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American Receives Permission To Board Russian Mir Station

By Kathy Sawyer
The Washington Post

The space shuttle Atlantis received a dramatic, last-minute approval Thursday to blast off on a mission to ferry a new American astronaut to the damaged Russian space station Mir.

Invoking America's history of pioneering, NASA Administrator Daniel S. Goldin ended days of suspense with his decision to allow astronaut David Wolf to fly to Mir for a four-month stay, despite growing concern about the safety of the aging orbital outpost.

Russian and American spaceflight experts also revealed the first authoritative details on the causes of a June 25 collision between Mir and an unmanned cargo vessel, the most serious in a series of mishaps that have contributed to intense and emotional public scrutiny of continued U.S. cooperation with the Russians in space.

Goldin spoke to reporters little more than 12 hours before the scheduled 10:34 p.m. EDT liftoff of Atlantis, creating a degree of uncertainty about a flight crew and mission that is unprecedented in the shuttle's 84-flight history. He said he had agonized over his decision until the last moment - Wednesday night alone in his Washington headquarters office - because he wanted to "do it right" and because he and others involved were shuttling at odd hours between Russia and the United States.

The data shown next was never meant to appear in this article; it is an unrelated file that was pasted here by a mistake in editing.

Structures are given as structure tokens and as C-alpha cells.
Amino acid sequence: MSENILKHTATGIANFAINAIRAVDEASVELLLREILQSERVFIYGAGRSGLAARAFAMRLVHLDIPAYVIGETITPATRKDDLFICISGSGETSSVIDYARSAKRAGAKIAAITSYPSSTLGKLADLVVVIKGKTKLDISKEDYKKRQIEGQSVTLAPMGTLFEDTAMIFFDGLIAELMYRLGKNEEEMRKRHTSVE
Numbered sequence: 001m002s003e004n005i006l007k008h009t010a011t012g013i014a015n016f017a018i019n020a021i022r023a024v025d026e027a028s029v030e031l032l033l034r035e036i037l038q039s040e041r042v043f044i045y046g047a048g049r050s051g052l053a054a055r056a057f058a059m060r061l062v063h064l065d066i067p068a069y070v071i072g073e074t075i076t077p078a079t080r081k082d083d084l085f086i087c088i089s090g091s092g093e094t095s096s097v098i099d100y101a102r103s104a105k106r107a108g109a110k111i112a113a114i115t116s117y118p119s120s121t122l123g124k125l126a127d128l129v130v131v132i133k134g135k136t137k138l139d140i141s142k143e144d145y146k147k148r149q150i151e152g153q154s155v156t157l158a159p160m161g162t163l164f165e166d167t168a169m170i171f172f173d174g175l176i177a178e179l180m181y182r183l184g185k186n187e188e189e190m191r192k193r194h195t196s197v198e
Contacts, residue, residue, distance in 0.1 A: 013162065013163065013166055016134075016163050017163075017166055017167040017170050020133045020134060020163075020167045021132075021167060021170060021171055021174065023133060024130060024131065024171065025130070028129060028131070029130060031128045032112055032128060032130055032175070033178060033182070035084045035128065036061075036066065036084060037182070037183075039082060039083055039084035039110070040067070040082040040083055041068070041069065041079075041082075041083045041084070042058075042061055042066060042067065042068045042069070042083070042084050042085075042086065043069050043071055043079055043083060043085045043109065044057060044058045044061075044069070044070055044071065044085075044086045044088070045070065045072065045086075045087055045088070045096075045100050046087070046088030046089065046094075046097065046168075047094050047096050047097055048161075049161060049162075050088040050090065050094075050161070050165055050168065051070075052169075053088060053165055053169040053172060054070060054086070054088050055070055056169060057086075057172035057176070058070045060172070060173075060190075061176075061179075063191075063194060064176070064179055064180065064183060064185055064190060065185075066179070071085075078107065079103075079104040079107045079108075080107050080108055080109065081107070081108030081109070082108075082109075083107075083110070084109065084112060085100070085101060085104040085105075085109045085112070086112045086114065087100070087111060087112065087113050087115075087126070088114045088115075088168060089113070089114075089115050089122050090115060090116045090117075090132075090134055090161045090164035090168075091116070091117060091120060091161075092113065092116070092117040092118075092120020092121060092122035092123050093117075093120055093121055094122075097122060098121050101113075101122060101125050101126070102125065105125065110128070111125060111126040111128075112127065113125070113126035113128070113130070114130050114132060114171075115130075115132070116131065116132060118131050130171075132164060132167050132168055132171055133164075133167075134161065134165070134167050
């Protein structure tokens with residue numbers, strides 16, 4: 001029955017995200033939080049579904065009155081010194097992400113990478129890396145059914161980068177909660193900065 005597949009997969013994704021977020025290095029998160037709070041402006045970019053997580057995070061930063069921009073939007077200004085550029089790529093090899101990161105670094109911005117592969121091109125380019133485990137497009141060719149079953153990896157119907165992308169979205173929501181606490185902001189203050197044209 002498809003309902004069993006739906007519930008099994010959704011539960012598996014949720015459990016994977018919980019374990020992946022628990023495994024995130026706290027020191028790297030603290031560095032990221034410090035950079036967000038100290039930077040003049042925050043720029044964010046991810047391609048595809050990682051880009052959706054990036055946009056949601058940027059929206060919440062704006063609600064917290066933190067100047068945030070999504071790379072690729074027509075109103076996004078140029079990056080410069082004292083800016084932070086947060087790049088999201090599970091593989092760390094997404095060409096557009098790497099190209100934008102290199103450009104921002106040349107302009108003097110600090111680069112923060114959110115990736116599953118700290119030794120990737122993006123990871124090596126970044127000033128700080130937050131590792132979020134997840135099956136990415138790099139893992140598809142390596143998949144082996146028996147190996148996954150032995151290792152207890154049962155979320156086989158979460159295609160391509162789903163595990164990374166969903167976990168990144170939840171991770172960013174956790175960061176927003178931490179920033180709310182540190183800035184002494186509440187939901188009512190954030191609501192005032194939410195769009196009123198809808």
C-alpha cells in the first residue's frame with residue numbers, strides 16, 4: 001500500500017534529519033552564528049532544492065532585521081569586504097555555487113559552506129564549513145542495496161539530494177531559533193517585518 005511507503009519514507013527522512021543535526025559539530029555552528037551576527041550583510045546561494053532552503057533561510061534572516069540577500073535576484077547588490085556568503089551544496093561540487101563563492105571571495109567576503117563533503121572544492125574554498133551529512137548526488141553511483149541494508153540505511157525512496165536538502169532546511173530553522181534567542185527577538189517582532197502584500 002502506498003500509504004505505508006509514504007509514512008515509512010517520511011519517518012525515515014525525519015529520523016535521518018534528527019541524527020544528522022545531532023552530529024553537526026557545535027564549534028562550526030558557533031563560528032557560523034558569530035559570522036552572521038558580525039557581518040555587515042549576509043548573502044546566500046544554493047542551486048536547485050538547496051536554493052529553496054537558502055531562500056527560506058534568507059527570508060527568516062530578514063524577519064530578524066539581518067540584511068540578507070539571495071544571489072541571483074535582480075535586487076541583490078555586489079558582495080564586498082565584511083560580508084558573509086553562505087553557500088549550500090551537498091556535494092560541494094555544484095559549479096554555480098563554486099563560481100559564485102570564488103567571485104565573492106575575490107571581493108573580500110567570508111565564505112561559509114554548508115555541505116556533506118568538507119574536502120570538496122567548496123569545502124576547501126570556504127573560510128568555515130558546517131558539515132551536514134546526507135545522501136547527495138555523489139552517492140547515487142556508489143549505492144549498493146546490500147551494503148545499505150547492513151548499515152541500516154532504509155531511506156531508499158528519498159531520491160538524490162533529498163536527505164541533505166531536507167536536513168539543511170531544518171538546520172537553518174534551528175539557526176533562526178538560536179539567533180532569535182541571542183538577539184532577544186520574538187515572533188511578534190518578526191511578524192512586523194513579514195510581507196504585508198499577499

Goldin said the decision "should not be based on emotion or politics. It should not be based on fear." Rather, he said, he based his decision on extensive multilayered safety reviews conducted by four internal and external expert panels, all of which certified Mir's safety and the integrity of NASA's safety review process.

"It's the right thing to do," Goldin said. "Americans press forward. We overcome the unexpected. We discover the unknown."

Rep. F. James Sensenbrenner Jr., R-Wis., the chairman of the House Science Committee who opposes sending more Americans to Mir, said he hoped the safety evaluations are "not a NASA whitewash of the many significant safety risks aboard Mir."

"We have learned from the Challenger accident that ignoring safety warnings can lead to tragedy and a setback of space exploration for years," the congressman said.

Atlantis is loaded with fresh water, repair equipment and other supplies to be transferred to the 12-year-old Russian complex. The international crew's unusually varied list of assignments during the 11-day flight includes docking with Mir, exchanging crew members, conducting a U.S.-Russian spacewalk, and executing a complex shuttle fly-around to inspect and photograph the damage done to Mir in the June collision.

The mission is the latest in a series of shuttle trips to Mir designed to help the United States and Russia prepare for the construction of a new international space station beginning next year.